Anticonvulsants are used in PTSD to treat co-morbid disorders, such as bipolar affective disorder (BAD), or to target symptoms such as impulsive anger. BAD is observed at higher rates in individuals with PTSD; the combination of disorders is especially destabilizing; and unfortunately the co-morbidity is easy to miss clinically. Anticonvulsants, e.g. valproic acid, are generally effective in restoring emotional stability and improving social functioning when prescribed to patients with PTSD and BAD. Unfortunately there are no RCTs of the use of anticonvulsants in co-morbid PTSD-BAD. A study of valproate in the treatment of impulsive aggression that included PTSD subjects had insufficient numbers for analysis of efficacy in treating core PTSD symptoms 88. More recently, a study of valproate in the treatment of core PTSD symptoms showed no efficacy 89. RCTs of three other anticonvulsants, tiagabine, topiramate, and lamotrigine have been completed with variable results, negative for tiagabine and topiramate and positive for lamotrigine, although the lamotrigine study was too small (n = 15) to show statistical significance or to estimate an effect size 89-92.
There are two small RCTs and a cross-over study of prazosin, an alpha1-adrenergic blocker showing suggested efficacy for nightmares and sleep disturbance in PTSD 93-95. The goal of these studies was not evaluation of overall PTSD symptoms, but evaluation of targeted symptoms, which showed good outcomes, e.g. a reduction in nightmares, and polysomnographic evidence of an increase in total sleep time, REM sleep time, and mean REM period duration, without sedative-like effects. High doses of prazosin are sometimes required; limiting side effects include orthostatic hypotension and sometimes headache. Based on findings from these smaller studies, a large, multi-site trial of prazosin is now underway in United States veterans. An RCT of guanfacine, an alpha- blocking agent failed to show efficacy for global or targeted symptoms of adults with PTSD 96.
Clinically, benzodiazepines are sometimes used to target panic/anxiety symptoms, or to target sleep difficulties. Given the high co-morbidity of PTSD with substance abuse disorders, a complete assessment of co-morbidities and a consideration of the addictive potential of the benzodiazepines being prescribed are necessary. There are few RCTs of the use of this class of drugs in PTSD; one a clinical trial of alprazolam in treatment of chronic PTSD, and the other for use of the benzodiazepines, alprazolam or clonezepam, in the prophylaxis of PTSD 97, 98.
When SSRIs fail to alleviate PTSD symptoms or when depressive symptoms accompanying PTSD are unresponsive, the common practice is to prescribe other antidepressants, including dual serotonin reuptake inhibitors, tricyclic and tetracyclic antidepressants, or atypical antidepressants, e.g. buproprion. These antidepressants are variably effective, and are limited by side effects common to their class. Unfortunately RCTs of these antidepressants in the treatment of PTSD are few; there are three trials of tricyclics, two of venlafaxine, one of mirtazepine and one of nefazodone 62. All RCTs show modest improvements in PTSD symptoms, but all are small or have limiting design and/or data handling issues that limit their interpretability. For example, in two studies of venlafaxine that show some improvement in symptoms, dropout rates exceeded 30% 99, 100
Small RCTs of d-cycloserine and inositol to treat global symptoms of chronic PTSD showed no efficacy. There are a number of ongoing trials of the use of d-cycloserine as an adjunct treatment for PE. See scientific rationale for greater detail.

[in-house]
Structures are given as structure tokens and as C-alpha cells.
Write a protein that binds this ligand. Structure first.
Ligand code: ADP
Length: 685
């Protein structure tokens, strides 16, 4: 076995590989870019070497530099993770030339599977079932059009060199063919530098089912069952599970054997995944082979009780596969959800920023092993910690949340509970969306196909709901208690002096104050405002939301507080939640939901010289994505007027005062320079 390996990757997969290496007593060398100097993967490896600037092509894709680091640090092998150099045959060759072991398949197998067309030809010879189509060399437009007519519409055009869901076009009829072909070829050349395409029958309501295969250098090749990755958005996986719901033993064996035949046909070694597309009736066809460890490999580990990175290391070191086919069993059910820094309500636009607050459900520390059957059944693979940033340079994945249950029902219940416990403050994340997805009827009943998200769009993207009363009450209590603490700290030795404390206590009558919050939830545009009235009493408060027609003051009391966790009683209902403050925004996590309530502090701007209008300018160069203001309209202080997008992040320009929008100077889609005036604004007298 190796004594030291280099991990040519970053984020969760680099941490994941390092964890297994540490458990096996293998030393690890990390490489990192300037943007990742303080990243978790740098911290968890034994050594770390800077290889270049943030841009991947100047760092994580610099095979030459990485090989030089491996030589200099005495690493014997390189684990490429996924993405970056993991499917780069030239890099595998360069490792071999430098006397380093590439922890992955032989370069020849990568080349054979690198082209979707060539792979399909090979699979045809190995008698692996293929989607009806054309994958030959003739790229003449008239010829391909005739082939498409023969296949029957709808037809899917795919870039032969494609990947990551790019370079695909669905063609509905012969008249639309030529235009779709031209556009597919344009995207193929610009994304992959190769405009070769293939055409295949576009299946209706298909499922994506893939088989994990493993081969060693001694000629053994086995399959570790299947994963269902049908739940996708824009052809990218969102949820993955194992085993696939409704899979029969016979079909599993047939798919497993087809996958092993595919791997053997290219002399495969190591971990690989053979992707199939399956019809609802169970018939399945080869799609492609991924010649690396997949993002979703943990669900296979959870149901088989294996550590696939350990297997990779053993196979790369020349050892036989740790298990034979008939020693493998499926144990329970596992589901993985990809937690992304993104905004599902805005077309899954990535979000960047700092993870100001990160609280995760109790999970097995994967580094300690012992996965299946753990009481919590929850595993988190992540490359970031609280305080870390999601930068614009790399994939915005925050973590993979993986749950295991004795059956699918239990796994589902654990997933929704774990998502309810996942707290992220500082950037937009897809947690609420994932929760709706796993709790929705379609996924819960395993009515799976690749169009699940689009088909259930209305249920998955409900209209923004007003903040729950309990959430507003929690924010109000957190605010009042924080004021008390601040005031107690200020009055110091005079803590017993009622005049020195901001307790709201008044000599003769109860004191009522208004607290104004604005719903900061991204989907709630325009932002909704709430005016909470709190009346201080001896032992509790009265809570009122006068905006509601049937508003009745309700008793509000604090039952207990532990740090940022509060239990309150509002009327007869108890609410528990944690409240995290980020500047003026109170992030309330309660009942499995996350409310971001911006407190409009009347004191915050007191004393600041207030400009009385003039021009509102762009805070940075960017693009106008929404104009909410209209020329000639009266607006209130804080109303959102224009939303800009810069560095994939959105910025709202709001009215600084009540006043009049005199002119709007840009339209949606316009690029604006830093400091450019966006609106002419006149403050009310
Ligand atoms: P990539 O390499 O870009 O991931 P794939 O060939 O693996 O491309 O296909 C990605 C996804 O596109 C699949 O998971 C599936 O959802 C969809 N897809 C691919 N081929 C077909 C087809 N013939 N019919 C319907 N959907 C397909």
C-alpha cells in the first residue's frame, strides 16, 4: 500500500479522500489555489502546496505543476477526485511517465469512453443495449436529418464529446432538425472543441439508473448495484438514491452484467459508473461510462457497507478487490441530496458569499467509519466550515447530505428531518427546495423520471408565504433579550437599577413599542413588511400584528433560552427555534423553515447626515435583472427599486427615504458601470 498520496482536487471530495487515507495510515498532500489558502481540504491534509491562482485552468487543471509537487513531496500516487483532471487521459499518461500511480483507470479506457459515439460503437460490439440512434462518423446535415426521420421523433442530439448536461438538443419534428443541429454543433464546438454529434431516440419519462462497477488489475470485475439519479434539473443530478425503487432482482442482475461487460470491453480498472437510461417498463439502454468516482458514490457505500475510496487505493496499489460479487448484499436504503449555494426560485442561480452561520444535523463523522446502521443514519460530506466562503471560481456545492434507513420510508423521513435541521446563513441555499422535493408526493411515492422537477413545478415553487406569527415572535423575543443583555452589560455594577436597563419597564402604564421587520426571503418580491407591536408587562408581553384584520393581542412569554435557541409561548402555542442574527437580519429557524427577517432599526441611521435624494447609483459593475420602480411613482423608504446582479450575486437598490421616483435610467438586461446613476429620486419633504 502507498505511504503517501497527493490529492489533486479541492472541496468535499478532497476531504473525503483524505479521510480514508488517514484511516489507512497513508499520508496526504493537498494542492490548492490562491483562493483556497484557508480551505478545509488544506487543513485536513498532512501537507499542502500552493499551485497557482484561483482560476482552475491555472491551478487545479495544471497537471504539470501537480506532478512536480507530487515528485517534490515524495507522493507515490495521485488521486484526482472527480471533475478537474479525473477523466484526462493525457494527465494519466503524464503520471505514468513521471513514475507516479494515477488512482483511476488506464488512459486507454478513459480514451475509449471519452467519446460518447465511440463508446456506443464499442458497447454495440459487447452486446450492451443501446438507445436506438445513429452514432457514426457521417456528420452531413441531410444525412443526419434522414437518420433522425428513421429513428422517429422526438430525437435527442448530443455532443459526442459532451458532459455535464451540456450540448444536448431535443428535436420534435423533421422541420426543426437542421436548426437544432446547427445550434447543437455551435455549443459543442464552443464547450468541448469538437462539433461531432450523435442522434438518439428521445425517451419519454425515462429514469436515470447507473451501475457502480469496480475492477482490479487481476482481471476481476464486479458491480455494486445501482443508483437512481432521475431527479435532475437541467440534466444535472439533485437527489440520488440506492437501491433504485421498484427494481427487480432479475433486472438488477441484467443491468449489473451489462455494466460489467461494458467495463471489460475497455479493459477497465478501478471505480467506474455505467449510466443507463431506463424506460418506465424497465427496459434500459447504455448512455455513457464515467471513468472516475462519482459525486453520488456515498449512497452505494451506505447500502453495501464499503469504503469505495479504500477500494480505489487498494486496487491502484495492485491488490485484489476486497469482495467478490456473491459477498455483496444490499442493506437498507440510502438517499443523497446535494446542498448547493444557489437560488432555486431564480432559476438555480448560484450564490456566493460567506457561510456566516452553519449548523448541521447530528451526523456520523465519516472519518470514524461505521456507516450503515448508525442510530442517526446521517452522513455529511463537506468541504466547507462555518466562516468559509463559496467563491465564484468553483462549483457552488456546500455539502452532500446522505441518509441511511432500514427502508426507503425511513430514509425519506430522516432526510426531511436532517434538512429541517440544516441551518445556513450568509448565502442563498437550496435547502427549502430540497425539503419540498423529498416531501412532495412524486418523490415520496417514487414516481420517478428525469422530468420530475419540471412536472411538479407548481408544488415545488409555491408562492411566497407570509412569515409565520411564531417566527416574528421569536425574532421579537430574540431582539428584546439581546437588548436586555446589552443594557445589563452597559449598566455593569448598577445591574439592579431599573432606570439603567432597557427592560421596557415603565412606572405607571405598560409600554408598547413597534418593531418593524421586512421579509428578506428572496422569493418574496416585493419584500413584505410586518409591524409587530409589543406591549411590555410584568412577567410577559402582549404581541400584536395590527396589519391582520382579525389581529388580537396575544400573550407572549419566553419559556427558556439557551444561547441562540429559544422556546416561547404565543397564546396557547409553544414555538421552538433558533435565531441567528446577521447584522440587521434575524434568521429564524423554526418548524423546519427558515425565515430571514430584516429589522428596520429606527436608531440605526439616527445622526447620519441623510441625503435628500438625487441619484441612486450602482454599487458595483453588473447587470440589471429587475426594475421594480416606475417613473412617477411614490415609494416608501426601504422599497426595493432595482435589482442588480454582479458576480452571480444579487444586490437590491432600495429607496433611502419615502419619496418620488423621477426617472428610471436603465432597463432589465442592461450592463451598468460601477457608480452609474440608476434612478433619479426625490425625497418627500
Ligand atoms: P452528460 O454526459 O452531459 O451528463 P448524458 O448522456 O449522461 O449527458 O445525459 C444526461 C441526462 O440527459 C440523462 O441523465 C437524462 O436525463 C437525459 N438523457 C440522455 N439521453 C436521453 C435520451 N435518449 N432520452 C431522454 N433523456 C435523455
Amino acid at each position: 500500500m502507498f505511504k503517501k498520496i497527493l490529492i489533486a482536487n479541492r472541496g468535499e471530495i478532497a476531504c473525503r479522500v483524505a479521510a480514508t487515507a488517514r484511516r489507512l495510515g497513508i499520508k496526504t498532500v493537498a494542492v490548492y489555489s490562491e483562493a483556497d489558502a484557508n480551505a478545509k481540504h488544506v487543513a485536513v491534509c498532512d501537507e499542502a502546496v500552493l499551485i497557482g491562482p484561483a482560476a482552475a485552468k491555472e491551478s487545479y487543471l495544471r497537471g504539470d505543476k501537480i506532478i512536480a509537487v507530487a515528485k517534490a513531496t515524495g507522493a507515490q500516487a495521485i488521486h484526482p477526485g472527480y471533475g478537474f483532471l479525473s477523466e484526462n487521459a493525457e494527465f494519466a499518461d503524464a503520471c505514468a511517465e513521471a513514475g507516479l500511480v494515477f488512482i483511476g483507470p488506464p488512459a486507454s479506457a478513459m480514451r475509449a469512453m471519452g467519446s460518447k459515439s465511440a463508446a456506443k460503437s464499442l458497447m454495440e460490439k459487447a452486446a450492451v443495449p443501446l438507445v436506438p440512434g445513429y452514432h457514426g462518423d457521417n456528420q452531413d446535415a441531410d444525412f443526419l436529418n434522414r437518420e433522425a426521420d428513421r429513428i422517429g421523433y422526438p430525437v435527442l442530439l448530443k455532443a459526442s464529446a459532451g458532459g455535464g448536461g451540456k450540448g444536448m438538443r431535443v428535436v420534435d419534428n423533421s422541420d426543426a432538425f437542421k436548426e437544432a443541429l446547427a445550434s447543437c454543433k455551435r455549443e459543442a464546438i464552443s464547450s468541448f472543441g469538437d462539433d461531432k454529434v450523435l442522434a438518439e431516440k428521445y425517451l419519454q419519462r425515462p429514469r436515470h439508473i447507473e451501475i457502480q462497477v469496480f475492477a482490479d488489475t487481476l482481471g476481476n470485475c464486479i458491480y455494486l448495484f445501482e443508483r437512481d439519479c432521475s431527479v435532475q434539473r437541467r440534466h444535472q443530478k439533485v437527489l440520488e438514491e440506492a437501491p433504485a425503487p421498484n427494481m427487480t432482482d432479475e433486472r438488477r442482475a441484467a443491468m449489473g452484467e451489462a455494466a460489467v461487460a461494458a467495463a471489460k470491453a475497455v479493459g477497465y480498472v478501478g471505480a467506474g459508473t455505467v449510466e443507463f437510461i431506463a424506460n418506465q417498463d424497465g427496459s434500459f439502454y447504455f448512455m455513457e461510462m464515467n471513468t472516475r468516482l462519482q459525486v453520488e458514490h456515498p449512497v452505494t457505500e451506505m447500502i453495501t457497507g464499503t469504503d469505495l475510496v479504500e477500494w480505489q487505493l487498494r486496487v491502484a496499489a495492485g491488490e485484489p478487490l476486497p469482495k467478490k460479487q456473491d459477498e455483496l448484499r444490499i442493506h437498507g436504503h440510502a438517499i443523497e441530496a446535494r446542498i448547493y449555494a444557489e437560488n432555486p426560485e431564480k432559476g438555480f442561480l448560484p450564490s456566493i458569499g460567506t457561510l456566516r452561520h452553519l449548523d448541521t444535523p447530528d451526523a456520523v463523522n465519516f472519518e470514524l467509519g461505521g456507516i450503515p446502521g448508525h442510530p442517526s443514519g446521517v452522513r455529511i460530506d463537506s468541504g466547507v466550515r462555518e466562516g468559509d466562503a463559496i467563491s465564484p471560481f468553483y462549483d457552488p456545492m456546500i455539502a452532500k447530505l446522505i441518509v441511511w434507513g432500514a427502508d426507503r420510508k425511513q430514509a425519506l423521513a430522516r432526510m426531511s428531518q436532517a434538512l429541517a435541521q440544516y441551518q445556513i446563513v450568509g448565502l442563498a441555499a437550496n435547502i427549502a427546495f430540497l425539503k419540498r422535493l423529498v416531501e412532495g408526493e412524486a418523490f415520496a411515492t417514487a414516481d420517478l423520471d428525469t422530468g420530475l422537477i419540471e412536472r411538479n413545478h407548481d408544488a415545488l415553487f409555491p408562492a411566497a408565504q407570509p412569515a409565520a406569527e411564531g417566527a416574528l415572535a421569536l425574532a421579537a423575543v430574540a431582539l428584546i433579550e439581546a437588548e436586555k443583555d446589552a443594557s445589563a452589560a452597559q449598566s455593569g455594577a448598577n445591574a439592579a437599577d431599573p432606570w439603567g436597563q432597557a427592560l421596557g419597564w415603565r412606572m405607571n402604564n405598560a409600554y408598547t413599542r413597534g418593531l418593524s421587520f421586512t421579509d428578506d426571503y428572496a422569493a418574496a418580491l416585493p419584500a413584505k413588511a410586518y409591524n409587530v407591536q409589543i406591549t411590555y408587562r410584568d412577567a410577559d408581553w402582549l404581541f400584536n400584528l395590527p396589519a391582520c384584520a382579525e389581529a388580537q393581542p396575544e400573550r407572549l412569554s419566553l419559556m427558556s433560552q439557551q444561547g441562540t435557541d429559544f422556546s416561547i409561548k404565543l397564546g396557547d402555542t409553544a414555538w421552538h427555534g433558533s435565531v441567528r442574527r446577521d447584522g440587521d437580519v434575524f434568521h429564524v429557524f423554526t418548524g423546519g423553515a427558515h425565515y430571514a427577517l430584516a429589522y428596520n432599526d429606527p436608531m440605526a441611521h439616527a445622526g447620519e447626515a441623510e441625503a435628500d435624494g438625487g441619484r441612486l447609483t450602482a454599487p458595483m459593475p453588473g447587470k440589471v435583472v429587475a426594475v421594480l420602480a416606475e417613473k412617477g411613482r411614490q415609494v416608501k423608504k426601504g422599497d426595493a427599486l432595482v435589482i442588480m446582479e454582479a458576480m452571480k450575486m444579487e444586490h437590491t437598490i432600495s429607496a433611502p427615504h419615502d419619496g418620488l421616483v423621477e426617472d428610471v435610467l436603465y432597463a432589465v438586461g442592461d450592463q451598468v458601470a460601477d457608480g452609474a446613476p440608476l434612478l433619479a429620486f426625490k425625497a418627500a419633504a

Research into novel PTSD treatment strategies have been directed at a number of different goals. These include: 1) Mitigation of global reduction of symptoms and general anxiety levels in individuals with chronic PTSD, predicated upon normalizing putative underlying pathological processes, 2) Mitigation of targeted symptoms, e.g. sleep, nightmares, irritability, predicated upon modifying biological processes driving those symptoms, 3) Use of medication as an augmentation strategy to various types of psychotherapy, e.g. as an additional treatment to enhance reduction in global symptoms 101, or as an adjunct to improve the learning expected to take place in exposure therapy 102.
Adjunctive treatments are defined in this manuscript as synergistic treatments that aid efficacy and response time to other pharmacological treatments or psychological therapies, in particular exposure therapy, such as PE designed to facilitate the extinction of fear memory 103. Rothbaum and Davis describe PTSD as a disorder characterized by a “failure of fear extinction after trauma” 104. In animals and humans, a conditioned fear association occurs when a conditioned stimulus (CS) and an aversive unconditioned stimulus (US) are presented in close temporal proximity. Thus the subject learns that the CS “predicts” the occurrence of the US. In the case of PTSD, environmental cues during trauma are associated with the pain and fear of the traumatic event, and these cues continue to evoke strong fear reactions long after the initial trauma has receded. In the laboratory this phenomenon is modeled in humans and animals by pairing a tone or light with noxious stimuli such as an electrical shock. Once the association between the CS and US has been learned, the presentation of the CS alone will invoke a conditioned fear response (e.g. autonomic activation, exaggerated startle response, avoidance behavior). The phenomenon of fear extinction occurs when the learned CS is then presented without the occurrence of the US, hence the subject learns that the CS no longer predicts the presence of the US and subsequent fear responses to the CS are inhibited or “extinguished”. It is this phenomenon that is hypothesized to be disrupted in PTSD patients, which continue to show pronounced signs of anxiety, avoidance, and arousal in response to trauma reminders.